A 30-second television spot at this year’s Oscars costed $2million and a hotel chain was already one of the major sponsors of the event, so how did Airbnb become the most engaged with brand without spending a penny on TV? What looked to be a problem soon became their success, as their real-time strategy gained ongoing conversation amongst movie fans across the globe, including some major celebrities and brands. The #LiveintheMovies Twitter campaign earned a sizeable amount of earned media coverage too, and picked up a Silver in the Mobile category at this year’s Cannes Lions.
To understand this success, we spoke to Kyle Luhr, Planning Director at TBWAChiatDay Los Angeles, to find out how they orchestrated such a content-rich campaign in real time, and why Airbnb captured so much of the conversation without once appearing on a TV screen during The Oscars. Grab your popcorn and switch your phone to silent, the interview is about to start…
Audiense: With Airbnb very much ‘out’ of the Oscars, why was it so important to get the brand in?
Luhr: “Anytime you’re talking about a single moment with tens of millions of viewers, the cultural gravity will attract brands. The Oscars is also one of the biggest social nights of the year (Ellen’s selfie is still the most retweeted tweet ever.) But for us, it was about more than eyeballs. In the Oscars we saw a chance to add to the Oscars conversation in a way only Airbnb could. Movies create immersive story worlds that draw us in and capture our imaginations. Our idea was to use Airbnb listing to connect these movie worlds to the real world. So #LiveintheMovies was a way for us to activate a big brand idea against a relevant cultural backdrop.”[embedded content]
How did you work with Airbnb in order to deliver relevant social content about their properties in real time?
“Tight collaboration. During Oscars weekend we had an integrated team in one room at Airbnb HQ. So many moving parts meant everyone had a specific role – we had people fielding twitter responses, sifting through Airbnbs to find the perfect movie matches, writing and designing assets on the spot, and of course watching the Oscars for opportunities. To an outsider it would have been difficult to tell who worked where.”
This campaign reached an audience outside of Airbnb’s immediate community, how did you analyse this audience?
“Today people watch The Oscars with their heads up and their heads down – look up to the TV and see a big moment, look down at your phone to see what people are saying about it. So we worked closely with Twitter to develop an audience profile that not only resembled Airbnb’s target, but who were also likely to be watching and tweeting. So when viewers did look down they were sure to see our question: If you could live in any movie what would it be?”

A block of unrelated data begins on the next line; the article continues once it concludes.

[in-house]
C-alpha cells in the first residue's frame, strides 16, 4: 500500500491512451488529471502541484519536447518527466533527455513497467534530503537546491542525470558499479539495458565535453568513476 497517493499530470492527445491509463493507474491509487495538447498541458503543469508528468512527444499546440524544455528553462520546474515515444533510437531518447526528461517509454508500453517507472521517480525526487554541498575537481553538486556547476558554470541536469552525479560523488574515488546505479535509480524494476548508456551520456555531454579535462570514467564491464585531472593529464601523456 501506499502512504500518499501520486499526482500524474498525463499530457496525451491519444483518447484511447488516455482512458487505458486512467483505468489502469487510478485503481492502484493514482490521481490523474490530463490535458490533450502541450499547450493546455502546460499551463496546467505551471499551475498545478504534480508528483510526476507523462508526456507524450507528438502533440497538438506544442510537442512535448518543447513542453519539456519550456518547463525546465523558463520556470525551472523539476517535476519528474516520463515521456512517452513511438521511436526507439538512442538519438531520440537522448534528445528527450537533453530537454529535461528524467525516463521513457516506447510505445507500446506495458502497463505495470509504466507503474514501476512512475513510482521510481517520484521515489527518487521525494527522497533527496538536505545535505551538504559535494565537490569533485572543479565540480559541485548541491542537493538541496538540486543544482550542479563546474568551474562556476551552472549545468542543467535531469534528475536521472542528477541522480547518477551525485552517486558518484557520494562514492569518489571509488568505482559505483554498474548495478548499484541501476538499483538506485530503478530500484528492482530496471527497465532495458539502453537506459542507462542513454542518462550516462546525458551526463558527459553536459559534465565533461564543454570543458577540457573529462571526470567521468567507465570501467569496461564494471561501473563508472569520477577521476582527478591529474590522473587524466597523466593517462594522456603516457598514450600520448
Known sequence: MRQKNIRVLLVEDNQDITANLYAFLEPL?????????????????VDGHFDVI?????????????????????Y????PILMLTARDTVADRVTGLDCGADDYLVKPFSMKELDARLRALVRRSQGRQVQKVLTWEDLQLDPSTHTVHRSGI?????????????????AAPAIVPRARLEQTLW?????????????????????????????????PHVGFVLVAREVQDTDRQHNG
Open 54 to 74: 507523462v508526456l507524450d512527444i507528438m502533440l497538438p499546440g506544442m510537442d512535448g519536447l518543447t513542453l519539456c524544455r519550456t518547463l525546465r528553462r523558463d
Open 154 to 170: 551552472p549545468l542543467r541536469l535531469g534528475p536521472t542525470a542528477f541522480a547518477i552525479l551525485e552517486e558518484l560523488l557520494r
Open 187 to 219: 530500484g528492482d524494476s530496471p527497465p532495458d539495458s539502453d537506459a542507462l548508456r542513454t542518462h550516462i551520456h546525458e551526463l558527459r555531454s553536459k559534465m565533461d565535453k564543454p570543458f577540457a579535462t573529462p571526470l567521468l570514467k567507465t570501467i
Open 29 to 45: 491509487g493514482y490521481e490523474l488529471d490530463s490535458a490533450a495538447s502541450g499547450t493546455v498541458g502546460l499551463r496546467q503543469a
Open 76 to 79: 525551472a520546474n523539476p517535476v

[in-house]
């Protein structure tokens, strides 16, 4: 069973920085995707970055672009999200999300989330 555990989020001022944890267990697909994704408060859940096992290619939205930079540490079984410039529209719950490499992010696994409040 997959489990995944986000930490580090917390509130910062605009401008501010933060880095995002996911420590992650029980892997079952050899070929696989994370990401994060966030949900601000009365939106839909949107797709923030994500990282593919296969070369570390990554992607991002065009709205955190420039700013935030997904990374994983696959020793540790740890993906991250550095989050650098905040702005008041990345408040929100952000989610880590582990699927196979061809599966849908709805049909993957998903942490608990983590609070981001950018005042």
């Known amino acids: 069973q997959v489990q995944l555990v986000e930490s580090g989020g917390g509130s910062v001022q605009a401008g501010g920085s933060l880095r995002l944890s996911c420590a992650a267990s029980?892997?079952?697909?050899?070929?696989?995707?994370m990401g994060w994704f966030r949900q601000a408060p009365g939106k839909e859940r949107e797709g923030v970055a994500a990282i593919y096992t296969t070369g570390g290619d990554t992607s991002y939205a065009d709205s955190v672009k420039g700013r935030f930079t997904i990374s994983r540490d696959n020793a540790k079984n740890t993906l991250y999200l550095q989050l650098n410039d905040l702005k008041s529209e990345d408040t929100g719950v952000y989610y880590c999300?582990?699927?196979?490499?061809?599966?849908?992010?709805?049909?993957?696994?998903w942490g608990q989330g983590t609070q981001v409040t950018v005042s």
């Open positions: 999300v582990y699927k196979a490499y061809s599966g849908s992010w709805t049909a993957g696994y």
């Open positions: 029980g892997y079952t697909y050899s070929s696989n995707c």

— Airbnb (@Airbnb) February 29, 2016
This campaign did a lot of things that aren’t possible through traditional channels. What does this mean for the relationship between traditional media and social media, given that social has the ability to subvert it?
“In many ways the success of this campaign was driven by the fact that Airbnb didn’t have an Oscars ad. That said as long as people want to watch, there will still be opportunity for traditional media. Just as long as people want to talk about it, there will be opportunity for social. An alternative distinction might be the way we’re using these channels – no matter the medium, are we adding to the Oscars viewing experience or just latching onto it?”
Does being a relatively new, fresh brand give Airbnb an edge when it comes to attempting more organic campaigns like this?
“Being a culturally relevant brand certainly affords some advantages, but especially with participation-based ideas like this one, if it’s not interesting it’s invisible.”
What were some of the best results of this campaign, and why were these important?
“Without a TV spot, Airbnb managed to become the most engaged with brand during the Oscars. Generating this type of active interaction at scale speaks again to #LiveInTheMovies as an example of creating culture instead of just chasing it. Oh and Adrianna Huffington participated, that was pretty cool too.”
— Airbnb (@Airbnb) February 27, 2016
Want to hear more insights and opinions from digital marketing and social media professionals at some of the world’s top brands and organisations? Check out the other social media interviews in our Spotlight Series, including NASA, Microsoft, United Nations, Pizza Express, and many more.